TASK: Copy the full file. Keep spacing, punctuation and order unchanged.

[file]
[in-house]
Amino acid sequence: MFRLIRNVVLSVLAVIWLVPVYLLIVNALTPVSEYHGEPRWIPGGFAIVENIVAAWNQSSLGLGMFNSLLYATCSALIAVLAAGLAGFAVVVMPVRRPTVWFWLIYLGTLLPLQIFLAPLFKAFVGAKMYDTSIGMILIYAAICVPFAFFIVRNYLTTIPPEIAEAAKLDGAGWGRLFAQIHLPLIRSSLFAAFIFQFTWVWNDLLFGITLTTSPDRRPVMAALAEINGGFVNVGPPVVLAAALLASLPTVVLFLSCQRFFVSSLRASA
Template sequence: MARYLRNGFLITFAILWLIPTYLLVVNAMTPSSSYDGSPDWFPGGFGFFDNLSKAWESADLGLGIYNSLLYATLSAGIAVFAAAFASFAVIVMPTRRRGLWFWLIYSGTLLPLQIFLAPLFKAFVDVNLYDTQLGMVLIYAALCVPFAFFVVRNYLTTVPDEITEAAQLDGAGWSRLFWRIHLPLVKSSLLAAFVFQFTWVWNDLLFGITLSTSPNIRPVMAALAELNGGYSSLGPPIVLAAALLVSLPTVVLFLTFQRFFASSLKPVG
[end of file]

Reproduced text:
[in-house]
Amino acid sequence: MFRLIRNVVLSVLAVIWLVPVYLLIVNALTPVSEYHGEPRWIPGGFAIVENIVAAWNQSSLGLGMFNSLLYATCSALIAVLAAGLAGFAVVVMPVRRPTVWFWLIYLGTLLPLQIFLAPLFKAFVGAKMYDTSIGMILIYAAICVPFAFFIVRNYLTTIPPEIAEAAKLDGAGWGRLFAQIHLPLIRSSLFAAFIFQFTWVWNDLLFGITLTTSPDRRPVMAALAEINGGFVNVGPPVVLAAALLASLPTVVLFLSCQRFFVSSLRASA
Template sequence: MARYLRNGFLITFAILWLIPTYLLVVNAMTPSSSYDGSPDWFPGGFGFFDNLSKAWESADLGLGIYNSLLYATLSAGIAVFAAAFASFAVIVMPTRRRGLWFWLIYSGTLLPLQIFLAPLFKAFVDVNLYDTQLGMVLIYAALCVPFAFFVVRNYLTTVPDEITEAAQLDGAGWSRLFWRIHLPLVKSSLLAAFVFQFTWVWNDLLFGITLSTSPNIRPVMAALAELNGGYSSLGPPIVLAAALLVSLPTVVLFLTFQRFFASSLKPVG